How long can your B2B content live? A week? A month? A quarter?
Most businesses embarking on a content marketing programme struggle to create content either quickly enough or often enough. While they have plenty to say and an awful lot to offer their customers, they just can’t get it out the door in time to make a difference. Then, when they do, all too often they find that it has such a short shelf-life they don’t get the return they expect.
The reasons generally come down to the type of content they choose to focus on. In thrashing around for something to talk about, they’ll latch on to whatever is topical at that particular moment. (Witness the mass of Olympics-related content last summer.) While this is fine as part of a short-term, tactical campaign, it becomes essentially disposable pretty soon after. Put simply, it dies.
Once we look beyond the tactical to the foundation for your content marketing strategy, you need content that can go on and on. Some call this ‘evergreen content’ which has a nice eco thing going on. But we like a little more brains with our content marketing – we are Considered Content after all – and nothing likes a brain more than a zombie.
3 ways to ensure your content meets the zombie test
- Focus on the customer’s most pressing needs
This really should be obvious but we still see way too much content fall flat and die because it focuses on what companies are selling rather than on genuinely helping customers do stuff that matters most to them. Some customer needs are short-term and fleeting but it’s likely that, for most, you will be helping them deal with the same challenges time and time again. You content should talk to these issues – first, last and always.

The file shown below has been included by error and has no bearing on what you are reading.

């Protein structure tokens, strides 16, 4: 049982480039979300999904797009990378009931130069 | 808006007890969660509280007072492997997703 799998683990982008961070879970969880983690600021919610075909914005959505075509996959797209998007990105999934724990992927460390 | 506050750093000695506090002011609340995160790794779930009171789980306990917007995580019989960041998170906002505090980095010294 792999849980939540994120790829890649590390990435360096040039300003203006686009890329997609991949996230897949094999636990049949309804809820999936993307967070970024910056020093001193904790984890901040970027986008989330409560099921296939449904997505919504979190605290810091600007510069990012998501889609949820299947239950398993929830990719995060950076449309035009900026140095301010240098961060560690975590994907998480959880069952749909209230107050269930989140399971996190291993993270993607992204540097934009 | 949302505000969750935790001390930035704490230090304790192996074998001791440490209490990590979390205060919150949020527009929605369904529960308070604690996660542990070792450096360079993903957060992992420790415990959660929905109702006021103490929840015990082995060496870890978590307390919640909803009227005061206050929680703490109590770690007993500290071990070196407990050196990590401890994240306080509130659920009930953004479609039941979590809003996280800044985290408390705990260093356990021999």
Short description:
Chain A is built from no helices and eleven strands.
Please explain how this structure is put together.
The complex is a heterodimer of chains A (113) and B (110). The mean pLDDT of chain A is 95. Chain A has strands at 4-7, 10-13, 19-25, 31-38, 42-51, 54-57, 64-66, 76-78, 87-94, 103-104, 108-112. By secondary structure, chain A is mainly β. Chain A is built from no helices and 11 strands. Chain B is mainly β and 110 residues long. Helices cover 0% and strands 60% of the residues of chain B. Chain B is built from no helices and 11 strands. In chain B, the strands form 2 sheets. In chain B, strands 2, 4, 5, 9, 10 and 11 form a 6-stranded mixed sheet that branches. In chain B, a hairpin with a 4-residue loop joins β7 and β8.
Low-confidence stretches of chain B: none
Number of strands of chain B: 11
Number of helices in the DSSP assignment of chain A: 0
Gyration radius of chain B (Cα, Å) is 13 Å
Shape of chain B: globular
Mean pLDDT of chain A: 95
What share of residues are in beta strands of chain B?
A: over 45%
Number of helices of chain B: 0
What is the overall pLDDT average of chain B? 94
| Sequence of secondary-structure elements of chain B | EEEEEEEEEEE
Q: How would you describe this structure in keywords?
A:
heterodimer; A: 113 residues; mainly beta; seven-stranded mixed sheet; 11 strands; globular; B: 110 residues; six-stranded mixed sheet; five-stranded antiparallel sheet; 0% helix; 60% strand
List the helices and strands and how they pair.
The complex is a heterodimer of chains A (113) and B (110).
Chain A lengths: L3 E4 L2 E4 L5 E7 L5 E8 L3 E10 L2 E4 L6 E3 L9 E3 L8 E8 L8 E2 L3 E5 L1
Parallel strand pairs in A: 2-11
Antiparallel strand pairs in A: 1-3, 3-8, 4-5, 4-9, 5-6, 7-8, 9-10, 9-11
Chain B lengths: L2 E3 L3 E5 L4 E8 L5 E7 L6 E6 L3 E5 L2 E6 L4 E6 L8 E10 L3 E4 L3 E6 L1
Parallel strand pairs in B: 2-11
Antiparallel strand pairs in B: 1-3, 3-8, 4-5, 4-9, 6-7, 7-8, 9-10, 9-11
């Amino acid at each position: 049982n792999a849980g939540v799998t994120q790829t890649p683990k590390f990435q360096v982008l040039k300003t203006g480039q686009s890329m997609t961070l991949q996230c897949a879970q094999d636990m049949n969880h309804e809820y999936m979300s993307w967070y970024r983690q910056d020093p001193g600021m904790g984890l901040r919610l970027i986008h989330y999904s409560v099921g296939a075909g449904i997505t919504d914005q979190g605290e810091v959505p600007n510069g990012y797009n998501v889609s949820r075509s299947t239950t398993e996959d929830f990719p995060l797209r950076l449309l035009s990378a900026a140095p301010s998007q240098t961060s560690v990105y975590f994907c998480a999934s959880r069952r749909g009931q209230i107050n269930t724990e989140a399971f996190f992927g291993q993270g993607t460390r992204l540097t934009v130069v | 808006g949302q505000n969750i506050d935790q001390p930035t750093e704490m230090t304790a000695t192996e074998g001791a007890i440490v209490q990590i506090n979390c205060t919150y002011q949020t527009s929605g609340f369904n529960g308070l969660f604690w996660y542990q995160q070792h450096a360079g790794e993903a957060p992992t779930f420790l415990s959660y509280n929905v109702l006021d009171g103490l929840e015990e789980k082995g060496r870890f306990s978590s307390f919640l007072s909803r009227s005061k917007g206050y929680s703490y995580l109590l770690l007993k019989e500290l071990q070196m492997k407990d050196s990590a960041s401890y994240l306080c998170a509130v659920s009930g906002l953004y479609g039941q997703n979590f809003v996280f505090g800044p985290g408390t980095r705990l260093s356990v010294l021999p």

- Have a plan and stick to it
Short-term thinking leads to short lifespan content. If you’re always scrambling for next week’s content, you’ll tend to develop material that never becomes greater than the sum of its parts. You’ll create one-off hit-or-miss pieces and struggle to grow a repeat audience. As a result, you’ll need to start all over again with every piece of content you produce. Instead, get into the habit of taking a longer term view. We suggest maintaining a 60-day horizon with a unifying theme that holds that quarter’s activity together. You can still do tactical activity of course but it shouldn’t be at the expense of your longer term objectives.
- Ensure content breeds content
Everyone knows what happens if you get bitten by a zombie. Pretty soon you’re doing the undead shuffle yourself. It’s the same (well kind of) with content. Good content should breed more good content. So, an ebook can breed an infographic. A video can breed an expert interview. A white paper can breed a round-table discussion. Get this right and pretty soon you’ll be overrun with good quality content.
If you’re going to see a decent return on your investment in content marketing, you need content that performs day-in, day-out over an extended timeframe. The kind that – short of taking a shovel to the head – your customers will search out time and time again. The kind that takes brains (see what I did there?).
If you’re looking to do more with your content marketing, contact Derek (firstname.lastname@example.org) and we’ll fix up a time to chat.
Image by Kevin Dooley